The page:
Return to Beyer Peacock

When K1 was the repatriated by the builders in 1947, it was the first example of a locomotive imported for preservation - almost 20 years before P.C. Allen (now at Leighton Buzzard) started the fashion. It is known that Beyer Peacock intended to restore the engine to working order and run it within their Gorton Works, and workers from the toolroom were given the task of looking after the loco; however it remains unclear as to how much work was actually carried out. It is believed that significant work was done on the motion, but otherwise it was restricted to cosmetic work, perhaps once it became known that the boiler needed much more than just a retube.

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 A seaward side view of K1 at Harbour station
(Photo: K1 Historical Archive)

With steam loosing its dominance as the main form of rail traction and Beyer Peacock needing to diversify away from the Garratt Locomotive as a source of income they first offered K1 on loan to the Narrow Gauge Railway Museum (at the Talyllyn Railway) in 1961. Unfortunately the NGRM could not meet Beyer Peacock's requirement that, in view the locomotive's historical significance, it should be kept under cover; however the NGRM did take the Beyer Peacock 18" gauge works shunter Dot.

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K1 at Harbour Station (Photo: © Chris Padley)

Purchase by the FR

As Beyer Peacock's business was coming to a close, they made contact in late 1965 with contacts at the Ffestiniog Railway, which led to the FR's purchase of K1 in 1966; as a result the loco was moved to Portmadoc. It has been pointed out that it was somewhat prophetic at the time that the loco was reassembled on the Harbour Station siding that was all that remained at the time of the link line to the Welsh Highland!

It was known at the time that K1 was too tall and too wide for use on the FR, though for some time the membership was encouraged to believe it would be cut down in height, and somehow reduced in width (in fact the large low pressure cylinders make this impossible), so it could be used on the FR.

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 K1 at York Railway Museum in 1983 (left) and 1993 (right)

On Loan to the National Railway Museum

After display at Harbour Station, followed by years of storage under a tarpaulin in Glan y Mor yard, K1 was loaned to the National Railway Museum at York in 1976, and cosmetically restored in a distinctive "photographic grey" livery. In this high-profile location, K1 became known to many thousands of visitors.

When the FR's plans for rebuilding the WHR took shape, it was recognised that the WHR would offer a line where K1 could be of real use, and would not require alteration to its historic outline. In April 1995 K1 was released from York to be restored for use on the WHR, a task that was an important focus for the Welsh Highland Railway Society, and so the K1 Group was formed to lead the work. The project to restore K1 for the WHR caught the imagination of many supporters that made the considerable fundraising needed much easier than it might have been.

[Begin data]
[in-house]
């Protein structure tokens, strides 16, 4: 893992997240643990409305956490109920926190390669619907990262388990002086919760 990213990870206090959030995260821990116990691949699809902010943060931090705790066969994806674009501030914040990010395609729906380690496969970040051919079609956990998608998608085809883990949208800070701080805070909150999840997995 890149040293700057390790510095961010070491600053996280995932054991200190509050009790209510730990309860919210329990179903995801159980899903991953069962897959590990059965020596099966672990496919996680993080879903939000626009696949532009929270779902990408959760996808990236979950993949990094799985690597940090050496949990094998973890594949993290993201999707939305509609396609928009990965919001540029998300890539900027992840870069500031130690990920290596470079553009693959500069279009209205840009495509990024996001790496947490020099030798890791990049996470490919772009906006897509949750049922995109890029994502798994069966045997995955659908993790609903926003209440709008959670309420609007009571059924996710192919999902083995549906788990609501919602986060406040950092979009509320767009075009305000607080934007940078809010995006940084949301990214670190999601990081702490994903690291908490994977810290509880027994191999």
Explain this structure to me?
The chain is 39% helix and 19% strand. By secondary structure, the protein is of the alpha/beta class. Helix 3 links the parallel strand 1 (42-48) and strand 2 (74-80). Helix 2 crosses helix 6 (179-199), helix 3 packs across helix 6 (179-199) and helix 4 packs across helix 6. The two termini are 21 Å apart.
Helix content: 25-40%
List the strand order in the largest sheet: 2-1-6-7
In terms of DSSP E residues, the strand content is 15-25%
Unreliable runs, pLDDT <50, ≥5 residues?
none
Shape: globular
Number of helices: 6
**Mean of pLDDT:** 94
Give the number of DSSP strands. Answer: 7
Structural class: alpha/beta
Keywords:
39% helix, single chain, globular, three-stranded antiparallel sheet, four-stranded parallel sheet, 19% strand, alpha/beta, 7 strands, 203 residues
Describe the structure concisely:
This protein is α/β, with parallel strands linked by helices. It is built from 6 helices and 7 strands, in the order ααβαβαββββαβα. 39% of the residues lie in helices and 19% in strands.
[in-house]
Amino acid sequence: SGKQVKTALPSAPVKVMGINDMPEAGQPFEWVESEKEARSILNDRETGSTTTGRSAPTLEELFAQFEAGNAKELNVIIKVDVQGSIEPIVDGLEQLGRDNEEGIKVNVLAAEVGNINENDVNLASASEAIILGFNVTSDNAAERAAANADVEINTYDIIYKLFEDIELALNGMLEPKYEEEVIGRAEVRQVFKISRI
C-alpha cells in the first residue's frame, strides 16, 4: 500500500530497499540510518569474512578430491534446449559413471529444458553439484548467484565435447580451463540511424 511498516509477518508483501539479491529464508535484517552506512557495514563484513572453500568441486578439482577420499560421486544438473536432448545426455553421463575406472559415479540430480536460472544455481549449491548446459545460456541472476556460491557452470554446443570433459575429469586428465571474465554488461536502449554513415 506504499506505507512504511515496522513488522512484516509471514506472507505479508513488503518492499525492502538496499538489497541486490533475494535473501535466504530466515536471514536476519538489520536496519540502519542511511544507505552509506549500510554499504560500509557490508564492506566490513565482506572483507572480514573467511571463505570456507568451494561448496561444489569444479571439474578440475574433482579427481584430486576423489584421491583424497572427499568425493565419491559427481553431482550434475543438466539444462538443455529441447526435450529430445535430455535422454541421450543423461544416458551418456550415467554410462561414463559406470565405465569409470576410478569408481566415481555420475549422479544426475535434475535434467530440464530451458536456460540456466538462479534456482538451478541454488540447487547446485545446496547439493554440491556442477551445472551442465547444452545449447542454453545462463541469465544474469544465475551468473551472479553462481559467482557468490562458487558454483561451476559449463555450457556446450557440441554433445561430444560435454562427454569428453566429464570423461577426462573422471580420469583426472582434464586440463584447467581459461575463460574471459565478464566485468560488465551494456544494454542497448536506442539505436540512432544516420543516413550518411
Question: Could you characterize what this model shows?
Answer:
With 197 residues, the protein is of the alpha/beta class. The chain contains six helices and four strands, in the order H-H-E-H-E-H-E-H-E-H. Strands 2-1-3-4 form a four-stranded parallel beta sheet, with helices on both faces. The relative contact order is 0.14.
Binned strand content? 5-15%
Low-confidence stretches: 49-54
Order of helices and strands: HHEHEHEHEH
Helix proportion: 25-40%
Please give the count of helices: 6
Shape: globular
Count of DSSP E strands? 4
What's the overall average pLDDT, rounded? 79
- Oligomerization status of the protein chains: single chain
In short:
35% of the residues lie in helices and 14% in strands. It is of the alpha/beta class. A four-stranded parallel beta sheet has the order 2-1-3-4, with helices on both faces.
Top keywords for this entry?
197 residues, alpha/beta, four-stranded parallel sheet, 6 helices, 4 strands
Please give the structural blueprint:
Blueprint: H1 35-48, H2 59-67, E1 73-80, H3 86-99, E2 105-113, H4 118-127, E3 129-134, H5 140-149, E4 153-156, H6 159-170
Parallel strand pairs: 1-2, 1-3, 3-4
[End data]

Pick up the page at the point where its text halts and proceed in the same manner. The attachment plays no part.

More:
K1 is a unique locomotive, and of considerable historical importance. K1 is the original Garratt, and thus the prototype of one of the most successful designs of steam locomotive, although it does have some technical features that were not perpetuated. There is also a tangible parallel with the Welsh Highland, in that K1 possesses great character and appeal - and had been allowed to sleep for too long.

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  K1 on display in Caernarfon in April 1995.

On Display in Wales

With the decision then made to restore both K1 and the Welsh Highland Railway, K1's first stop on leaving York Railway Museum in April 1995 was therefore to Caernarfon, where K1 was put on display in what is now Morrison's carpark on the site of the former Caernarfon main line station. The display featuring the engine (left) attracted a great deal of local interest. It would not be unfair to say that for many local people, the occasion was the first time that the restoration of the Welsh Highland Railway really began to take on a concrete form, although still some twenty months before work on the railway itself was able to start. The two days when "The Big Grey Engine" came to town made quite a mark at the time.

The engine then visited the Ffestiniog Railway for display at the May 1995 Gala, seen below in Minffordd yard. K1's elegant lines are clearly apparent. This would be the last time that the loco was seen in public and in its complete form before being moved to Tyseley for restoration work to commence.


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K1 on display in Minffordd yard for the Ffestiniog Railway's May Gala in 1995

The restoration took place in three phases and these can be divided as the locomotive moved from one location to another. The first phase was at Tyseley near Birmingham where K1 was dismantled and the restoration began in earnest. After this the loco moved to Boston Lodge on the Ffestiniog Railway for the work to continue. The first of its steam trials were conducted here, after which there was a further move to Dinas on the Welsh Highland Railway that would become its permanent base and where the last of the rebuilding and final steam trials took place.